وَإِنْ تَعْفُوا وَتَصْفَحُوا وَتَغْفِرُوا فَإِنَّ اللَّهَ غَفُورٌ رَحِيمٌ
Wa-in ta‘fū wataSfaHū wataghfirū fainnallāha ghafūrur-raHīm
And if you pardon, and forbear, and forgive, then surely Allah is Forgiving, Merciful.
(Sūratut Taghābun, No. 64, Āyat 14)
This verse talks about the different stages of forgiveness. According to Tafsīr Namūne, verse 14 of Sūratu Taghābun was sent after certain spouses tried to stop the early Muslims from migrating. Some of the Muslims listened to their spouses, while others refused and were angry with them. That is why the first part of the verse says: O you who have faith! Indeed among your spouses and children you have enemies; so beware of them. Allah tells them that the family should not detract them from doing the right thing, but if they change after that, the believers should forgive them.
There are three stages of forgiveness mentioned in this verse. To really forgive a person, one needs to go through all three stages:
1) ‘Afw, or Pardon. This is described as overlooking the wrong done. According to Imam Ali (a): Pardon is the crown of all noble qualities (MH, H.12870). Pardoning could include making excuses for the person, giving them a chance, understanding their weaknesses, not taking it too seriously, and not focusing on it continuously. Going through this stage speeds up the process of genuine forgiveness.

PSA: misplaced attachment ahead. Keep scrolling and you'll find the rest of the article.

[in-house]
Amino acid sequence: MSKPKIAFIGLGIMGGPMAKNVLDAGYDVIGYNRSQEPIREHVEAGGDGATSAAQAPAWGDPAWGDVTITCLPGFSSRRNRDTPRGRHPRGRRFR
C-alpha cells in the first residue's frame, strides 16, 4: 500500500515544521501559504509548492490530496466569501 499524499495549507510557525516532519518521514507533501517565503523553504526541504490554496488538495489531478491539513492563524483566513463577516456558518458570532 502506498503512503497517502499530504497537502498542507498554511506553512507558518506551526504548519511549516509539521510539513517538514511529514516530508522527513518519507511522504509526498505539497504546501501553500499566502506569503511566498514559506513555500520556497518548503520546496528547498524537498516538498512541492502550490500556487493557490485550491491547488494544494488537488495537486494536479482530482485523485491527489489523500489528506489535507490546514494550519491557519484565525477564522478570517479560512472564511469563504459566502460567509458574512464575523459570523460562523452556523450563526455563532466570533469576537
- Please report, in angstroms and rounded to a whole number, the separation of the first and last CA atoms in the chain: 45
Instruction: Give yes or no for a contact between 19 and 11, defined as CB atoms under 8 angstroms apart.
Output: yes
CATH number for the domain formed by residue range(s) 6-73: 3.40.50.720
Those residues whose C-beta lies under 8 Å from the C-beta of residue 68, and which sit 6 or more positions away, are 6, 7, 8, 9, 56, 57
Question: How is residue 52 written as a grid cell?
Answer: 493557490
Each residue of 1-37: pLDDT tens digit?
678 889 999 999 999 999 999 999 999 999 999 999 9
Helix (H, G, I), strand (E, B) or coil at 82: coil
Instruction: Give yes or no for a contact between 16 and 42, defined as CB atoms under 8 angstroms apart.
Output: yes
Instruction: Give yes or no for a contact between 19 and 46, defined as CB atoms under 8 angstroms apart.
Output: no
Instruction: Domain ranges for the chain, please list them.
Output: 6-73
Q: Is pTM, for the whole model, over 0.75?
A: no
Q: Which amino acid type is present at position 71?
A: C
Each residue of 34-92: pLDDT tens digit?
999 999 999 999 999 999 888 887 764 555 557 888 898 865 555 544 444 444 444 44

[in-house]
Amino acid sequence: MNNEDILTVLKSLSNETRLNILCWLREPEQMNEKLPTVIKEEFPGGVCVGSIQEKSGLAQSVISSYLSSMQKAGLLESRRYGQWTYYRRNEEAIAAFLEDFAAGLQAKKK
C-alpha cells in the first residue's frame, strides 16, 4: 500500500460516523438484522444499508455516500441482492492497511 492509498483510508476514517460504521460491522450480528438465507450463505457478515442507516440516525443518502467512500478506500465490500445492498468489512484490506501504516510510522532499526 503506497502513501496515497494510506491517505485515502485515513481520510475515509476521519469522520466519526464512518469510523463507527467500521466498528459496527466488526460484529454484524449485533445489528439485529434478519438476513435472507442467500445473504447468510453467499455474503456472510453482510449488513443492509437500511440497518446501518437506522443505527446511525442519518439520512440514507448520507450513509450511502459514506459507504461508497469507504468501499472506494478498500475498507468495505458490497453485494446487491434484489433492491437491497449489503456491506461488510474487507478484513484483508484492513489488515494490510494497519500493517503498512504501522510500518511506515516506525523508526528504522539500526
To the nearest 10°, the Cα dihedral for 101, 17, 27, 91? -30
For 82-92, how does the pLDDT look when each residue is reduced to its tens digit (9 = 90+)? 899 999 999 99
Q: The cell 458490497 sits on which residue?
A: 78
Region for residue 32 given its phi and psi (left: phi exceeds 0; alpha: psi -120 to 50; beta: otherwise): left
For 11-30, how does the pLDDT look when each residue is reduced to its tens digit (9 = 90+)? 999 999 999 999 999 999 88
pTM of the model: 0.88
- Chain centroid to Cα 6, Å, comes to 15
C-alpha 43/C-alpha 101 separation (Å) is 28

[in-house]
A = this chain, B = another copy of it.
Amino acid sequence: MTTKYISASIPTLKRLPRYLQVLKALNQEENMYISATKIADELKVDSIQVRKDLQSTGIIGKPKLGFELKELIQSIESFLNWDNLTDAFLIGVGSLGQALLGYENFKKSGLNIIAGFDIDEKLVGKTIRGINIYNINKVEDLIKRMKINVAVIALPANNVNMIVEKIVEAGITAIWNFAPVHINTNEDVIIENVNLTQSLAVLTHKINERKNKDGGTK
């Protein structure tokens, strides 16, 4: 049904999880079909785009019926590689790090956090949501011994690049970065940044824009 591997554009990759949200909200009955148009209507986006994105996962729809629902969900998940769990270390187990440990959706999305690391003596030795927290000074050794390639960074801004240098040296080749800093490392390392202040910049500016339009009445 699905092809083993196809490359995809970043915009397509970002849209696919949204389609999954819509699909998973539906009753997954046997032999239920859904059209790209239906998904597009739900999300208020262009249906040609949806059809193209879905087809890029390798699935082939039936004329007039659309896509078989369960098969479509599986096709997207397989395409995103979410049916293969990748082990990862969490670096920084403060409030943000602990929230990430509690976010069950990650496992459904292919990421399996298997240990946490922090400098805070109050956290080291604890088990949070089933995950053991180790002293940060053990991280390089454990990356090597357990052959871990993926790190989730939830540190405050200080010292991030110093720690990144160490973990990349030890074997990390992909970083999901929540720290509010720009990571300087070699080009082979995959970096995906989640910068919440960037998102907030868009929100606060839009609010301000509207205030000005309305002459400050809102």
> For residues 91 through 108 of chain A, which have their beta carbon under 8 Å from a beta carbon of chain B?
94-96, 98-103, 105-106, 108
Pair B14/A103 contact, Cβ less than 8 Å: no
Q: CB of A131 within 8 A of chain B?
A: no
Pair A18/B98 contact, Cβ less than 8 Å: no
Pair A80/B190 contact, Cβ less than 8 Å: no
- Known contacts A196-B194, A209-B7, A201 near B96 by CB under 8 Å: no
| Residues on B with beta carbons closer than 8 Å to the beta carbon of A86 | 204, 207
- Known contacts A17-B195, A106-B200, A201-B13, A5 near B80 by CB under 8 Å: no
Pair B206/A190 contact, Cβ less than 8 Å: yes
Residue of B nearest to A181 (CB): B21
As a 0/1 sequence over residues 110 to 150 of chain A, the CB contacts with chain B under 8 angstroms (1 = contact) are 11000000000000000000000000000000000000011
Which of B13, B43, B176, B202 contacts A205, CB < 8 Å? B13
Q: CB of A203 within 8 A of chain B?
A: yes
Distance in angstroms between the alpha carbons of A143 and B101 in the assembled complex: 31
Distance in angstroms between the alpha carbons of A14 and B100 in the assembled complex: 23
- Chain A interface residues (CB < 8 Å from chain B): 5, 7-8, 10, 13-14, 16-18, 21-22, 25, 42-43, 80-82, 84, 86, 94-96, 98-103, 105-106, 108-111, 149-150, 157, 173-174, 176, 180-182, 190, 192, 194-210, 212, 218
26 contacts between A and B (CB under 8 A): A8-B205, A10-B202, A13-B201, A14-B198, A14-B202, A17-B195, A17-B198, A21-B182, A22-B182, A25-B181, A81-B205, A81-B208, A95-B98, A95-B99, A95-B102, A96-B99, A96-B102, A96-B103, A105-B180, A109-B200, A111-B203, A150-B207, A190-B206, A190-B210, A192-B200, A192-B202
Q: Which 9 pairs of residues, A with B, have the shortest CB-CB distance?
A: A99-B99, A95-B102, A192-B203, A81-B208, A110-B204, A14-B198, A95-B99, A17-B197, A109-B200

2) Safh, or Forbearance: It means to refrain from reproaching, through words and actions. Sometimes we forgive, but cannot resist the temptation to speak about it, and remind the other person of the hurt they inflicted. Words, gestures, even feelings, are a constant reminder of the hurt that we have ‘forgiven’ but cannot get over. True forgiveness entails complete forbearance. If we went through the first stage conscientiously, the second would be easy.
The Holy Quran says in Sūratul Hijr: So overlook with a gracious forbearance (Q 15:85). Imam Ali alr-Ridā (a) in explaining the word safh in this verse, says it means; to pardon [and forgive] someone without punishment, harshness, or reproach.
3) Ghufrān, or Forgiveness: Forgiveness means erasing the deed that is done and removing the negative consequences that the deed warrants. When Allah forgives a deed, He will not punish the doer for it. It is removed from the book of deeds. Forgiving someone means there is no thought of retaliation, or revenge.
Forgiveness is very powerful. If we don’t forgive, past wounds can ruin the present. They can also infect the future. It is often those who are close to us who hurt us the most, and unless we forgive them it is difficult to maintain harmony in the relationship. Love includes being able to forgive mistakes. Allah loves His creatures and has kept the doors of repentance and forgiveness open for them. Without that human beings would be doomed. In the same way, love for family, and friends, means that we should be ready to forgive.
Forgiveness is a beautiful quality, but is difficult to achieve. Even when it comes, it is often accompanied with certain misgivings. People will forgive, but still harbor resentment. They will forgive, but they cannot forget. The stages of forgiveness help the forgiver arrive at true forgiveness, without strings attached. It is human to remember, as the faculty of memory is a part of all human beings, but it is how we remember that is important. True forgiveness means to cease feeling anger and negativity at the memory of the incident.
Use this verse to help you to forgive genuinely. The process described in this verse is a cleansing process, one that will leave you happier and better adjusted.
Sayyid Muhammad Husayn Tabātabā’ī, Tafsīr al-Mizān;
Āyatullāh Nāsir Makārim Shirāzī (ed.), Tafsīre Namune;
Aghā Muhsin Qarā’atī Kāshānī, Tafsīre Nūr;
Muhammadī Rayshahrī, Mīzānul Hikmah